Bob Kehrer, his sons Jeff and Dave got all the difficult topside painting jobs. Jeff, in particular, did a lot of high wire work under the watchful eye of his bosun father. Together they scaled, primed and painted the radio antenna insulators on the starboard side of the main deckhouse, the aft whaleboat davit, and the overhead under the forward 20mm gun tubs. Where muscle was needed these guys provided it, and they pulled all the fenders aboard that we had rigged against the wall in Rensselaer and stowed them. They also did a lot of water way painting between rain storms.

Last year Global Products had donated an oil boom to us. Now that we donít have the camels, we no longer need to rig oil booms to deflect trash, so one boom with cylindrical floats was broken apart and cleaned to become replica floater net floats. Bob Hysel and Dennis Tracy took on that job, as well as scrubbing the hammock that we have on display on the messdecks.

Finally, down below in the aft motor room, Guy Huse worked alone continuing the reassembly of the fire and flushing pump. The difficulty is that this has been apart for so long, parts have been scattered and there are no plans for the piping. But Guy is rising to the challenge. He plans to stay through the Michigan Field Day week to try and finish it. In the same space, Georgeís Amandolaís brother Anthony helped the engineers with some of their lighting projects. The crew had a very successful week, and completed most everything on their list. I just hope it was as much fun for them as it was productive for us. It was great having them aboard.

Linda Wruck is keeping the education department busy with training and new projects. Even though we didnít get open to the public until April 28th, she handled her first three overnight encampments pierside in Rensselaer, followed by a fourth the day we moved. Thanks to "Stretch" McLaughlin, Glenn Harrison, Jerry Jones, Heather Maron and Joe Delberta for their help there. Linda has created several new programs to help interpret life on the homefront during World War II. One is the creation of a Victory Garden and she is writing accompanying interpretive material. Gardening has created a lot of interest. Walt Stuart, Karl Herchenroder, Earl Herchenroder, Don Miller, Greg Fox, and Dick Stankus from the Men's Gardening Club of Albany, disassembled two of the sagging picnic tables/benches and fabricated a framework to house the raised bed of the Victory Garden. Osborne Mill Nursery delivered the topsoil and dumped it on the sidewalk whereupon her "gentlemen" hauled it to the grassy area.

 

Dolores Ferrer, tour-guide Russ Ferrer's wife, is our Master Gardener who recently joined the crew. Since the initial creation of the garden, she has planted all of the donated flowers and vines that she gathered from her various sources, that will create a sweet-smelling privacy cover on the lovely chain link fence, rhubarb next to the deck, veggies in the garden. Dolores commented on the terrific and caring attention to her needs the crew has given her. Smitty's wife, Carol, donated all of the day lilies bordering the low concrete wall along the river.  Dick Stankus planted the lilies. Dennis Nagi repainted the shore head and is organizing the store room next to the head. So they will no longer have to pull out all of the unnecessary and heavy items just to get to the trowel. Doug Tanner was so moved watching his shipmates help with the gardening, that he immediately went out to Home Depot and bought them all flowered gardening visors and gloves so their hands wouldnít get calloused and their finger nails dirty. And Alan Fox brought in a hose and sprayer so no one would forget to water.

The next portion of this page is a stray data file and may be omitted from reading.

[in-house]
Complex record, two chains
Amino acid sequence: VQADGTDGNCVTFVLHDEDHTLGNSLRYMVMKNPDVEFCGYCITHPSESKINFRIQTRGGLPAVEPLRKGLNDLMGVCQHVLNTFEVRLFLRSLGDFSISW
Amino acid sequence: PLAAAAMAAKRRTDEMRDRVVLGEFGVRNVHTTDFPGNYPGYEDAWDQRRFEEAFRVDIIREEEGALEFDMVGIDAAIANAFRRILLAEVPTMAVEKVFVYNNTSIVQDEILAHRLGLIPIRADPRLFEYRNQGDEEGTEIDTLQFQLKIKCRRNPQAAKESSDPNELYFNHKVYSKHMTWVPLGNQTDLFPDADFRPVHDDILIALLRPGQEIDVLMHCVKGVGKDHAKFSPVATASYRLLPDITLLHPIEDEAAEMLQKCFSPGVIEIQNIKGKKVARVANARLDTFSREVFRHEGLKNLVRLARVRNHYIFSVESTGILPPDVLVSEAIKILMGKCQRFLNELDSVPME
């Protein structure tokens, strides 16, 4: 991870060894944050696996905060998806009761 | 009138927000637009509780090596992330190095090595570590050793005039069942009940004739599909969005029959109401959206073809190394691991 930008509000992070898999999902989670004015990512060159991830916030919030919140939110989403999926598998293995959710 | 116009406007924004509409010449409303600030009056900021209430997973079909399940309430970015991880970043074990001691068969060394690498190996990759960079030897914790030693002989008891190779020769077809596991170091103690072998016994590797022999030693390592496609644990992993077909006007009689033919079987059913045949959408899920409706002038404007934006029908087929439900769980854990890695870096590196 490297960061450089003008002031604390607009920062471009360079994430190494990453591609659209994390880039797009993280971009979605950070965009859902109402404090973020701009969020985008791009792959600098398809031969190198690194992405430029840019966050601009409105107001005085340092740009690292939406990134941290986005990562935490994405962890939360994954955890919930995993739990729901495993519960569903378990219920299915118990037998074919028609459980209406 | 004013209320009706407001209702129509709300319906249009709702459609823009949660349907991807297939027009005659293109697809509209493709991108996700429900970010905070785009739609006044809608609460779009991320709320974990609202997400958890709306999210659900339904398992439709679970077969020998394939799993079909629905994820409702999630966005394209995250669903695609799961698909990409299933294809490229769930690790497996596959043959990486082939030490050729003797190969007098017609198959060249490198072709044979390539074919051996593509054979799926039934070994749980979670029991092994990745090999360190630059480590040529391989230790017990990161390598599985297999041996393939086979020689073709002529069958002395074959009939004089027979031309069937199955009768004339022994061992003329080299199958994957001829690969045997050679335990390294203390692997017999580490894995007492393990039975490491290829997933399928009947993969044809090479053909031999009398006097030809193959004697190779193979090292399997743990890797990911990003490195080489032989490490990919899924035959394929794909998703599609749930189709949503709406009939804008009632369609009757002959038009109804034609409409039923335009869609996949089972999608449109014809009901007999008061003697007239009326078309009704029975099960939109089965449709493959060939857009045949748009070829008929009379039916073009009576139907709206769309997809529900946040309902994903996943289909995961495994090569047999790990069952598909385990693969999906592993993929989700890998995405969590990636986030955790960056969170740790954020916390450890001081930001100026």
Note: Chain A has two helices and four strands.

With the help of our Chief Commissary man Smitty, Linda is working on installation of cleats on the observation deck to teach knot tying. She is also looking to fabricate a set of bitts for training ashore. This might improve our line handling on move day. In addition to knot tying and splicing she is also planning to use guides to put on demonstrations on flag etiquette, aldis lamp signaling and the use of sound powered phones.

The new crew handled their first large group on Friday April 29th when a group of 105 visitors, from Massachusetts' Arlington High School Performing Arts program, came aboard late in the afternoon. The comments were extremely good and the visitors were aware that we all had a job on our hands with moving them through the ship without having to talk over a nearby group or bump into each other.

Finally there is an excellent new SLATER video on Youtube. If you have been following the TBL saga, the transmitter that was removed from the old ARS CLAMP was taken in hand by radio expert Tom Horsfall for restoration out in Alameda in 2006. Tom posted a video demonstrating the operation of the TBL he has restored for the SLATER. The URL is http://www.youtube.com/watch?v=3oHLykhQVuU

So weíre back in business, on the Albany side, resting against the monopiles, ready for the tourist season. Things are still jumping. The bunks were still warm from the HUSE crew when the Michigan crew began stowing their seabags. More about that next time, as well as the installation of the new fenders, the Tulip Festival, Greek Festival and Memorial Day with author Bob Cross speaking about his new book on DEs "Shepherds of the Sea." Iíve got to go mix paint for the Michigan crew.

See you next month.